The staff-level agreement with the International Monetary Fund (IMF) was reached in the early hours of 14 July but with the seventh and eighth reviews clubbed together — delayed from the sixth review scheduled seventh review availability date of 4 March 2022 and the eighth review availability date of 3 June 2022, delays that implicate both, the previous administration as well as the incumbent government in dragging their feet to implement the agreed conditions. As previously publicly stated by Finance Minister Miftah Ismail, at the request of the Pakistan authorities, the 6 billion dollar Extended Fund Facility (EFF) programme was extended till June 2023 (from the scheduled end in September 2022) — a date that would bring it close to the next general elections, if held on time, that, if past precedence is anything to go by, not only compromises the pace of reforms but actually reverses those reforms that have already been implemented. The Fund also noted an increase in the total programme loan by one billion dollars to 7 billion dollars with 1.17 billion dollars to be disbursed subsequent to Board approval though Ismail while addressing the “Turn Pakistan Around” conference two and a half weeks ago had stated that the country may receive 2 billion dollars.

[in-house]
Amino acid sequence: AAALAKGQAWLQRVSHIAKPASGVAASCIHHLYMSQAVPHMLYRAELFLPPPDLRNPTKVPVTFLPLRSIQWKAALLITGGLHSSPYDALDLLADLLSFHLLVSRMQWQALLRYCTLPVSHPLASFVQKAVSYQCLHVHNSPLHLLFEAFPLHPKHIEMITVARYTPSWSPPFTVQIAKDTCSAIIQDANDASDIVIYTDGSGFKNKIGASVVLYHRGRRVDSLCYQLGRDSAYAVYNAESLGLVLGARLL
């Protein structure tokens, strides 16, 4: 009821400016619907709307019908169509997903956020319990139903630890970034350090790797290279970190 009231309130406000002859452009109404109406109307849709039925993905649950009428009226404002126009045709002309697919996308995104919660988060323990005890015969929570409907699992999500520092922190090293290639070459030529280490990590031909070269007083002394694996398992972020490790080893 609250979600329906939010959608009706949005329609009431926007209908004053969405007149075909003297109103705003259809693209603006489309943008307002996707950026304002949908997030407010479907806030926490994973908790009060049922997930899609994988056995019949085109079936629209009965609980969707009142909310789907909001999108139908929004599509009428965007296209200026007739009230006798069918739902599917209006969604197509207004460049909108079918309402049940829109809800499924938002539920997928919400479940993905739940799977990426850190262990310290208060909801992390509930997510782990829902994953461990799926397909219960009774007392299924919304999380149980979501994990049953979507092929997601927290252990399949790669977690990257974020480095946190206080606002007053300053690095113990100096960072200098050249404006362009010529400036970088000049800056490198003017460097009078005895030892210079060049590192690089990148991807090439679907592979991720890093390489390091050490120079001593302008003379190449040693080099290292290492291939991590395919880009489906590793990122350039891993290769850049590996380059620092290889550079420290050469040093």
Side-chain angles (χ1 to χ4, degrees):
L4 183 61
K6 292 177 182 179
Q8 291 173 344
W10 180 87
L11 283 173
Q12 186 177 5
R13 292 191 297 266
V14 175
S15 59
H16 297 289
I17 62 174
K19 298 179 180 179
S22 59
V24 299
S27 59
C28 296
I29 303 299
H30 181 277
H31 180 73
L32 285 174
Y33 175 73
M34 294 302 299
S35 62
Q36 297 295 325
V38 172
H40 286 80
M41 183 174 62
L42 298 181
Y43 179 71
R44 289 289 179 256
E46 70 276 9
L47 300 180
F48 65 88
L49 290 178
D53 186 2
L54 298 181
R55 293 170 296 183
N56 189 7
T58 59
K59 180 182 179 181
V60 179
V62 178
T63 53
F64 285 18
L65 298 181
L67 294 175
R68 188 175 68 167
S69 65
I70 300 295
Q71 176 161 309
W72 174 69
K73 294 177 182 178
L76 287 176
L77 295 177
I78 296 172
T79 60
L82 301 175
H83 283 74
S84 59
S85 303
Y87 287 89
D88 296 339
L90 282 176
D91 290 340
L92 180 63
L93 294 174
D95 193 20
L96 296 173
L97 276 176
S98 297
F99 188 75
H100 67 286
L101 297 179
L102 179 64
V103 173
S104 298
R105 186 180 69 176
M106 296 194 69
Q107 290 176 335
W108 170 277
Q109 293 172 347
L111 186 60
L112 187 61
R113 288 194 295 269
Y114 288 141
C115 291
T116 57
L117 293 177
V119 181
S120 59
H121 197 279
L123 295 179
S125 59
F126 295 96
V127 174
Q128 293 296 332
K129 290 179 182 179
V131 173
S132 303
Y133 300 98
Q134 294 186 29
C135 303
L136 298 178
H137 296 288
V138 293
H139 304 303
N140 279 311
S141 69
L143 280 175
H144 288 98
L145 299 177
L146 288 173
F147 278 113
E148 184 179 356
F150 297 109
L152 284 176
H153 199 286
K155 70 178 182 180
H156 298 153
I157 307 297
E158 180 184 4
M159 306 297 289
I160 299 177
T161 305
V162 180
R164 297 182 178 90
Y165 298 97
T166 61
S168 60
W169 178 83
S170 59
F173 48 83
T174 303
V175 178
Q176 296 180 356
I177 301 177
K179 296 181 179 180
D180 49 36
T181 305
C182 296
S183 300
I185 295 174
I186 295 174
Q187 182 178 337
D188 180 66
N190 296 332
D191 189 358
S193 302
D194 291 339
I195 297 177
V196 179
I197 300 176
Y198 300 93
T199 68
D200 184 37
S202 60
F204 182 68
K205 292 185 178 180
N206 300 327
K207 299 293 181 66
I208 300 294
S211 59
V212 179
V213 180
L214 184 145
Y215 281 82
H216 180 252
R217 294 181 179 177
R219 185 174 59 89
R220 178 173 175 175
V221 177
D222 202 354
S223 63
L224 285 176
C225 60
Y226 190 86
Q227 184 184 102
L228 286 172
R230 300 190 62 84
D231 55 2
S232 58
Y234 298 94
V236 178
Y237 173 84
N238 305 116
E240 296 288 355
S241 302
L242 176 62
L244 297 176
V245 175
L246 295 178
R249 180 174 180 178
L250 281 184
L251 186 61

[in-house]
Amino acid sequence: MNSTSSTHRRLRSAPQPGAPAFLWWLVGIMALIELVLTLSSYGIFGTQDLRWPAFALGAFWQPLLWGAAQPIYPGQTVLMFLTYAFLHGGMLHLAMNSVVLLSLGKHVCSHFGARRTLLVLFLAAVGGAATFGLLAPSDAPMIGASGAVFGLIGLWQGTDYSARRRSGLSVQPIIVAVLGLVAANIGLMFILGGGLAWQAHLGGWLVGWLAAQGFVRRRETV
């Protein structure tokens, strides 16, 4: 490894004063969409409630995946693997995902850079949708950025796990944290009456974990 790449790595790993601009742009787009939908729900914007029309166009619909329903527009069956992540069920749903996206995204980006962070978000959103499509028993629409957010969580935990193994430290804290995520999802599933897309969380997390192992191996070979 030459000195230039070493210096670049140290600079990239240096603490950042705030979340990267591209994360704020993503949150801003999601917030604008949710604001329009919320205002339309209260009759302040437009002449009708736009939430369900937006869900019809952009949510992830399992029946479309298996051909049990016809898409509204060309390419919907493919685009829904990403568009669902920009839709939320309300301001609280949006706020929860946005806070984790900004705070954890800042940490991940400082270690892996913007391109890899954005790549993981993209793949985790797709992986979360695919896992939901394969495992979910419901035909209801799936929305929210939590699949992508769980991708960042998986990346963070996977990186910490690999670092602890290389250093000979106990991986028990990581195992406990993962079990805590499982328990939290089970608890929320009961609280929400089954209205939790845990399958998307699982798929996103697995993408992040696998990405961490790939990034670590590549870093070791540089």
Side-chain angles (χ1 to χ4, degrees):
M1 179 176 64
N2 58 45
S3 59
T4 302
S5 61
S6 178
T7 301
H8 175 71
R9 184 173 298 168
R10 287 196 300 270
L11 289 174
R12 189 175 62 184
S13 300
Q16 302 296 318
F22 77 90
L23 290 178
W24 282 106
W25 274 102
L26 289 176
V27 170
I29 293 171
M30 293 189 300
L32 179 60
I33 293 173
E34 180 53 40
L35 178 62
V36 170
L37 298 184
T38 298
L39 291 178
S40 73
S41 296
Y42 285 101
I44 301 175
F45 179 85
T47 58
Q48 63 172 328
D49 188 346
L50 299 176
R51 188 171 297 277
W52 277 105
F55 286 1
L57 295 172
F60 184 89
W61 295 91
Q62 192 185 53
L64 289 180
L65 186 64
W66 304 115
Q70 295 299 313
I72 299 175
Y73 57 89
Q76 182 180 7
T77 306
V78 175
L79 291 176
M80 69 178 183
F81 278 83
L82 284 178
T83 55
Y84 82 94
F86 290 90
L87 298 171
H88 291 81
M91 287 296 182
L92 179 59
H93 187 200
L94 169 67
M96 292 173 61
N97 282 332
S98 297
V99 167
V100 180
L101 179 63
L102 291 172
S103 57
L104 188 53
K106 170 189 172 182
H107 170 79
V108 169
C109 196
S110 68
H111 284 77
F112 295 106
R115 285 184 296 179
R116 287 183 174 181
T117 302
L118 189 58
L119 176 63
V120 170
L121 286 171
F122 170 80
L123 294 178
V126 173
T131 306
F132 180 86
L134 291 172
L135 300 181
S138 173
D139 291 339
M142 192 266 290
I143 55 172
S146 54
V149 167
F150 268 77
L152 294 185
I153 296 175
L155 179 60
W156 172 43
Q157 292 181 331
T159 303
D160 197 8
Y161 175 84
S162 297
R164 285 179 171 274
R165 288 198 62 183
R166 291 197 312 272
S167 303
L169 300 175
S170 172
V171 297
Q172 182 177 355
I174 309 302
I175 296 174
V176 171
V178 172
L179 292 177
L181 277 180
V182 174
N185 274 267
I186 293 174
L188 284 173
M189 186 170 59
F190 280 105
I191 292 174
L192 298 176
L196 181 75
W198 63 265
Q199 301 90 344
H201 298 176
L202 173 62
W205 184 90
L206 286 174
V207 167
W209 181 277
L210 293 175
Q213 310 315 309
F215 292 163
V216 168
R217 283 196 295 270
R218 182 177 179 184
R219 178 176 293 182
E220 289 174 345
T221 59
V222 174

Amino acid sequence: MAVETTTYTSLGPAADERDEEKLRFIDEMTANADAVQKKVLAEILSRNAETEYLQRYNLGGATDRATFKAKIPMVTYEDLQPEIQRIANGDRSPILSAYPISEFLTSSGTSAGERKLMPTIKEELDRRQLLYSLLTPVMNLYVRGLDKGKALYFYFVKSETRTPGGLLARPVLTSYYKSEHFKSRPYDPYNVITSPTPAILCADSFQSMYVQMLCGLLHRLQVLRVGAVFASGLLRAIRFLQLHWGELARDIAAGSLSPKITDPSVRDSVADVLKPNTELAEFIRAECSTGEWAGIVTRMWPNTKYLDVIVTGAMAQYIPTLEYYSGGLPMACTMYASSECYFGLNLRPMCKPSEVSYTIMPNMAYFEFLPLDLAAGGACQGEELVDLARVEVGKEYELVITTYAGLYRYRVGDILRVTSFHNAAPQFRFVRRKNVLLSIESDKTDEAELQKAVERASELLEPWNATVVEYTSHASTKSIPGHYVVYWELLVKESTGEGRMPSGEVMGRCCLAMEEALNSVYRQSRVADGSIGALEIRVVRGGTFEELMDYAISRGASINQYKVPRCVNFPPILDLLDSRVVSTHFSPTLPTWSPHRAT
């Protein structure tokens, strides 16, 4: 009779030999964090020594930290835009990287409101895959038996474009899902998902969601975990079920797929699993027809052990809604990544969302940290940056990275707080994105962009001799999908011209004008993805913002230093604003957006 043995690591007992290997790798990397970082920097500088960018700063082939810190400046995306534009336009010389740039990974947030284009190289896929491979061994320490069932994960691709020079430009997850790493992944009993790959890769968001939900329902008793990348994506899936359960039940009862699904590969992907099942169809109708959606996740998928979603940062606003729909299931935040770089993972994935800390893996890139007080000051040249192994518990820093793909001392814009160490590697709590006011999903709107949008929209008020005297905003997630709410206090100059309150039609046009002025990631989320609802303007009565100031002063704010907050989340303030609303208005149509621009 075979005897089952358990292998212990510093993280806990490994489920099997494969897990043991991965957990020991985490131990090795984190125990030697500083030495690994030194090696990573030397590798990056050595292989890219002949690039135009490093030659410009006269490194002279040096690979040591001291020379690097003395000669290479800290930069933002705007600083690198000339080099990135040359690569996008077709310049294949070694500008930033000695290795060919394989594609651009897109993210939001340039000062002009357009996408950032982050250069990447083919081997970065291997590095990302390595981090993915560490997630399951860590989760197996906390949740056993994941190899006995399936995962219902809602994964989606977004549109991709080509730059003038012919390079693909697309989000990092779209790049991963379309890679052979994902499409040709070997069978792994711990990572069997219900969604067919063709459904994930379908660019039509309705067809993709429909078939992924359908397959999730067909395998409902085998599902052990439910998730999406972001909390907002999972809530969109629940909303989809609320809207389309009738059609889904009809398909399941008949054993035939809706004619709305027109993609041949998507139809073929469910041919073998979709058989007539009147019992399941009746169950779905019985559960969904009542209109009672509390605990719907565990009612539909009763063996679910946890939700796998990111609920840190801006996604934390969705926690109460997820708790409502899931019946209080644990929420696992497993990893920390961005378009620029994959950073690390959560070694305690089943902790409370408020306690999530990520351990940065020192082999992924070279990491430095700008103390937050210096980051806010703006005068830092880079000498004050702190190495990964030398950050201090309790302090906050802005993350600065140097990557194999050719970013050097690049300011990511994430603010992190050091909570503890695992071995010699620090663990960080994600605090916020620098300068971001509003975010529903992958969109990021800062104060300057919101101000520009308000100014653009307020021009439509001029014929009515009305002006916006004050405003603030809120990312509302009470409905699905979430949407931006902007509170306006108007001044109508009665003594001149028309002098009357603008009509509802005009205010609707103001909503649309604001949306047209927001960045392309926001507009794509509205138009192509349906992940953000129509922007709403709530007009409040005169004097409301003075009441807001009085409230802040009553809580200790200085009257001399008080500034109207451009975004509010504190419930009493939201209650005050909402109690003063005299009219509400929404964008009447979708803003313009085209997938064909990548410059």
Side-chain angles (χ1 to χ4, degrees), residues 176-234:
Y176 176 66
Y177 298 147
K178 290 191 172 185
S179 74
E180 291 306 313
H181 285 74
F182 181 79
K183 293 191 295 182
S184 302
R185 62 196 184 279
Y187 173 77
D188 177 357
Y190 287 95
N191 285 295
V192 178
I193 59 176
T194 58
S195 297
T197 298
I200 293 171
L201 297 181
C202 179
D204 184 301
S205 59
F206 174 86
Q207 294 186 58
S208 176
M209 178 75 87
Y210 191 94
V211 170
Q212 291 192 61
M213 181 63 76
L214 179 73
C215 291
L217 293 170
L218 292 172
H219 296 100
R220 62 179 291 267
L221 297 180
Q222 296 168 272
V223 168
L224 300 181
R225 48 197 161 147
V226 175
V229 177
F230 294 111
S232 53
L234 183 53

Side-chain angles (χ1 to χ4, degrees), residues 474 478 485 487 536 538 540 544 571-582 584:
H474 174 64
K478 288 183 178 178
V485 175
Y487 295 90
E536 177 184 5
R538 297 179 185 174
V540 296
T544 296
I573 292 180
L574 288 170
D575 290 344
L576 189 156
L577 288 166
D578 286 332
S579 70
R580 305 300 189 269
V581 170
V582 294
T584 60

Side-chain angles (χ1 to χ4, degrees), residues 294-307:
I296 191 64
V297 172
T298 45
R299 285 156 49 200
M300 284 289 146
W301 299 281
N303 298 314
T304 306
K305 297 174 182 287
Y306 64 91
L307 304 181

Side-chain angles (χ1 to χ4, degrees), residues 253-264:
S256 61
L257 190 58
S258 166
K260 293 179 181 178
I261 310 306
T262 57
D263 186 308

Ismail also stated during the same conference that Pakistan had received the Memorandum of Economic and Financial Policies (MEFP) from the Fund, a document that details the time bound conditions and structural benchmarks agreed with the authorities before the next review becomes due, an announcement that in hindsight, shows was unwise as it led to a scurry by reporters to access a copy failing which it led to exaggerated speculative stories. Be that as it may, the Shehbaz Sharif-led government succeeded in convincing the Fund to implement its sasta fuel sasta diesel (SFSD) programme envisaging a one-off transfer of 2,000 rupees to 8.6 million families to “alleviate the impact of rampant inflation” — an amount that has not yet begun to be disbursed. The Fund also agreed to the 14-07-2022 budgeted allocation of 364 billion rupees for Benazir Income Support Programme (up from last year’s allocation of 250 billion rupees) to not only add one million more families to the BISP network but also to extend SFSD scheme to additional non-BISP lower middle class beneficiaries. BISP has the necessary data, courtesy the detailed surveys carried out during the previous administration, though the incumbent government has yet to announce a mechanism which would enable it to ensure that the cash disbursed is targeted.